RE/MAX Advantage I



Posted by Mark Consolmagno Michelle Curran Team on 2/13/2019

Many house hunters are so focused on finding the ideal house, yard, and neighborhood, that they sometimes sacrifice one of their main objectives: a short commute to work.

At first, a long drive to the office may seem like a small price to pay for finding your ideal house, but your outlook might change when the tedium of commuter gridlock becomes a daily burden.

Fortunately, there are ways to ease the stress of being stuck in rush-hour traffic twice a day.

Car pooling: By sharing driving responsibilities with one or two other people, you can reduce the overall stress of your trip to the office. You can also save money on gas, highway tolls, and parking fees. Assuming you find carpooling companions whose company you enjoy, time will pass a lot faster. Then, of course, there's the advantage of less wear and tear on your car. Although carpooling may not be as idyllic as living 15 or 20 minutes from work, it can be an effective way to ease the burden of back-and-forth driving.

Telecommuting: As technology advances and more and more people are adapting to it, the option of working from home is becoming increasingly popular. When you consider the many options there are for document sharing and communicating remotely, you may have a strong case for proposing a work-from-home arrangement with your employer. Even though it may be necessary to meet face-to-face with coworkers, colleagues, and clients a few days a week, the ability to split your work time between home and office can save you time, money, and aggravation. As long as you can maintain your productivity working from home, it may turn out to be a life-changing arrangement! Granted, it doesn't work for everyone, but it may be well worth looking into -- at least on a part-time basis.

Public Transportation: If you happen to live close to a train station, then public transportation might be the perfect solution to an otherwise long, tedious drive into the city. Instead of concentrating on road signs and traffic conditions, you can read a book, listen to your favorite music, or prepare for a meeting or presentation. You can also check your email, get a head start on your work day, or even sneak in a few minutes of sleep or meditation.

While the best option for many people is to buy a home that's within 30 minutes of their job or business, that may be difficult to accomplish for couples working in different locations. Long commutes can infringe on important aspects of your life, though, including family time, relaxation time, and being able to get things done around the house. Not having enough time to "recharge your battery," every day, can eventually take its toll on your health, your relationships, and your outlook on life. If finding a house close to work is not panning out, then alternatives like telecommuting, carpooling, and public transportation may be, at least, a partial solution.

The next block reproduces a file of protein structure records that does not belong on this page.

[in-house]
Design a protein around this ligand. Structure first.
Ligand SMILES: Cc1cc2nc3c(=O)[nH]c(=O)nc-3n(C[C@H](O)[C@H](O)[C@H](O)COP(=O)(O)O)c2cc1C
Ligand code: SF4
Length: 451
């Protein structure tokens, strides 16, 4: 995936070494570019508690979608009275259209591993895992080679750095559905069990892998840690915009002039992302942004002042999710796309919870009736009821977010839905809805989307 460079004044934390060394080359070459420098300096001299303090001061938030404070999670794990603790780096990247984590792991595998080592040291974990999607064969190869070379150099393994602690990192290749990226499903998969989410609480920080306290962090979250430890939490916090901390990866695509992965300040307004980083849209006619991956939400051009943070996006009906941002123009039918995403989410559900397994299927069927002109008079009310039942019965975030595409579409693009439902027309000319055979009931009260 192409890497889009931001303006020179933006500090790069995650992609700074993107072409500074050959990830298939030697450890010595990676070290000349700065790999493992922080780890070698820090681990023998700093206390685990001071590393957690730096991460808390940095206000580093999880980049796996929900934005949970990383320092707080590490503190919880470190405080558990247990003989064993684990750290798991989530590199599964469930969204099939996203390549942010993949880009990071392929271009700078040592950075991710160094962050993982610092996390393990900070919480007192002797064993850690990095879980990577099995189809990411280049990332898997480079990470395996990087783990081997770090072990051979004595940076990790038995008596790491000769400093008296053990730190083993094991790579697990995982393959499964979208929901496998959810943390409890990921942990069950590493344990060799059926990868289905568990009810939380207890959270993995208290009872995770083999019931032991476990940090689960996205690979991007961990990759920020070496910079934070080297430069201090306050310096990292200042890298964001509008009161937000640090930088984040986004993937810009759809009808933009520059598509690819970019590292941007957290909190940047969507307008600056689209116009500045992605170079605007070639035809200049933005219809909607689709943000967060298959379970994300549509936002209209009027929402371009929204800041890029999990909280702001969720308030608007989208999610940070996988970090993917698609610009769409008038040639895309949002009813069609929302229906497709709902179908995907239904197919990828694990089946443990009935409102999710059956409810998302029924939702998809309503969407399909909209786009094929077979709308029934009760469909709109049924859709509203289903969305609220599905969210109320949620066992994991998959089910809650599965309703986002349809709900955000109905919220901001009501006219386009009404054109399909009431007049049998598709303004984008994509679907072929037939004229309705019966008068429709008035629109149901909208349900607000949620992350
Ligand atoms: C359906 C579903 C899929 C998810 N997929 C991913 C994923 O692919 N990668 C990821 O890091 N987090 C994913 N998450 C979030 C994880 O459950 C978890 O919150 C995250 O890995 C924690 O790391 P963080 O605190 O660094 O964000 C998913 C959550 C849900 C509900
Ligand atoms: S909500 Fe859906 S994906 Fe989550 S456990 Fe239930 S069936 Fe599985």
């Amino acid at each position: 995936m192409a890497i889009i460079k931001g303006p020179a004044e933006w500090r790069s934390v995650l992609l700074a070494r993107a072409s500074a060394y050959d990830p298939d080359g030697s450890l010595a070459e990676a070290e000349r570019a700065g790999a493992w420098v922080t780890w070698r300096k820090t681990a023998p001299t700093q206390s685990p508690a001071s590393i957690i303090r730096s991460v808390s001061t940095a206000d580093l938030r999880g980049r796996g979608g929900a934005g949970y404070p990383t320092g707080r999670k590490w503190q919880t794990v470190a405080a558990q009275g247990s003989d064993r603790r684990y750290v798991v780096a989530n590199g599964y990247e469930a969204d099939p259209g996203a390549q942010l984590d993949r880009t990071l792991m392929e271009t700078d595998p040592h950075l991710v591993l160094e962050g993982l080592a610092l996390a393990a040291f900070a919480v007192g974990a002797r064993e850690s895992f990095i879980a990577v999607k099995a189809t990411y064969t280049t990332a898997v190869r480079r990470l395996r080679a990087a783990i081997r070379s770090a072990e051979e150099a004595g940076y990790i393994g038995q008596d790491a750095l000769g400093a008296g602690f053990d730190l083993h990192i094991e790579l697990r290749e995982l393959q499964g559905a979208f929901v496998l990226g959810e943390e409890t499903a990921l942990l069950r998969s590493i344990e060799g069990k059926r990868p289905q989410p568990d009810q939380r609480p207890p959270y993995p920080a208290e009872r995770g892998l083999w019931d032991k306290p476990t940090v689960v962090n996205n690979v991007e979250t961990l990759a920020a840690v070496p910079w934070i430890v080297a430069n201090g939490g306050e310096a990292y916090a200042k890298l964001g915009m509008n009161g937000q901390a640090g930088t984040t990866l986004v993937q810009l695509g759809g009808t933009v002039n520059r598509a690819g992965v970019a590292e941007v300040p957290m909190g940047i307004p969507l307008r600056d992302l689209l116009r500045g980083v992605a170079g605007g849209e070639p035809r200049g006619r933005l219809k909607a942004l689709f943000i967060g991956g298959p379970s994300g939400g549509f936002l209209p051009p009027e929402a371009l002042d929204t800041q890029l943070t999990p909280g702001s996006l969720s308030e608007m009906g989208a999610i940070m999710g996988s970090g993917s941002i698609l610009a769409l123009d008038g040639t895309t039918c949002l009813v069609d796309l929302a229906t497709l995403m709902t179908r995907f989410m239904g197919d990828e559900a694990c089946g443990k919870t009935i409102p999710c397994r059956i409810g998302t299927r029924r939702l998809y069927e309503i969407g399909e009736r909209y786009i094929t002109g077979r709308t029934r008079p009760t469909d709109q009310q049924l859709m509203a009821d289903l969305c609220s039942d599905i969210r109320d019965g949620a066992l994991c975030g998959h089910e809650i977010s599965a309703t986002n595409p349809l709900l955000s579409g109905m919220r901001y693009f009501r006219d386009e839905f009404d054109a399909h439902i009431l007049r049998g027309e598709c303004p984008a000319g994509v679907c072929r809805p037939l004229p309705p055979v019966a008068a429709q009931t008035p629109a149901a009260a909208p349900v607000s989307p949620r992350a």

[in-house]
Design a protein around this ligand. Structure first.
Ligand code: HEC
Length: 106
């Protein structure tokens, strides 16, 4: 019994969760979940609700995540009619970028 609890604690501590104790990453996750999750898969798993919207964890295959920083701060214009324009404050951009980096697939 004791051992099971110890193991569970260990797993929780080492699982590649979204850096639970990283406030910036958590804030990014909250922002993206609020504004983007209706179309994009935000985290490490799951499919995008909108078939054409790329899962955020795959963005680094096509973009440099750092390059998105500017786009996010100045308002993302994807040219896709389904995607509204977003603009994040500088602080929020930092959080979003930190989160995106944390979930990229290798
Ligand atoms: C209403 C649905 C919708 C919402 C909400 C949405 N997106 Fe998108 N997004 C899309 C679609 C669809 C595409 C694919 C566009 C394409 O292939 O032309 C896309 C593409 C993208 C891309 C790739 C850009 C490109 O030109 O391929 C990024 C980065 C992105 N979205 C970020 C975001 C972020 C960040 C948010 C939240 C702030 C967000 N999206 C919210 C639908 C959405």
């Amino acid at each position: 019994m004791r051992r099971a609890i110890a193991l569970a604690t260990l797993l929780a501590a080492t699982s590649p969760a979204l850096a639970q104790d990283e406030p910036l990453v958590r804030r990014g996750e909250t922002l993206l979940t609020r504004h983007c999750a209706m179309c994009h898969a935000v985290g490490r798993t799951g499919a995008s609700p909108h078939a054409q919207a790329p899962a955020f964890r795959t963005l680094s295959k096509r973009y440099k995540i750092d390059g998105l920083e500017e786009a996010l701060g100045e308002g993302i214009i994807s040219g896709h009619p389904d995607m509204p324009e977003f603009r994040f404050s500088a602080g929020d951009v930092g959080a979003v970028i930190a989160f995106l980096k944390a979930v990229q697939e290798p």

Posted by Mark Consolmagno Michelle Curran Team on 2/6/2019

If you're on the fence about whether to reject or accept an offer to purchase, it is important to remember that a third option is available: submitting a counter-offer.

Ultimately, deciding to submit a counter-offer can be a tough choice for first-time and experienced house sellers alike. But we're here to teach you about the benefits of counter-offers and ensure you feel confident to submit a counter-proposal as needed.

Let's take a look at three tips to help you decide when to submit a counter-offer.

1. Assess Your Residence

Although the initial asking price for your house is not set in stone, you likely have expectations about how much you should receive for your home. But if a homebuyer submits an offer to purchase that falls below your expectations, you should assess your residence to help you make the best-possible decision.

Try to take an objective view of your home – you'll be glad you did. For instance, if you discover your home is one of many similar properties available in a buyer's market, you may want to accept an offer to purchase, even if it falls below your expectations. On the other hand, if you feel that your home is in great condition and you receive an offer to purchase that is short of your initial asking price, you may want to counter the proposal or reject it altogether.

2. Review the Housing Market

Housing market data can help any home seller make informed decisions throughout the property selling journey. There is plenty of housing market data at your disposal, and you should not hesitate to use it, especially when you analyze an offer to purchase.

Oftentimes, it helps to look at the prices of recently sold residences, the prices of available residences in your area that are similar to your own and other pertinent housing market data. With this information, you can gain deep insights into the housing market. Then, you can determine whether an offer to purchase falls in line with the current state of the real estate sector.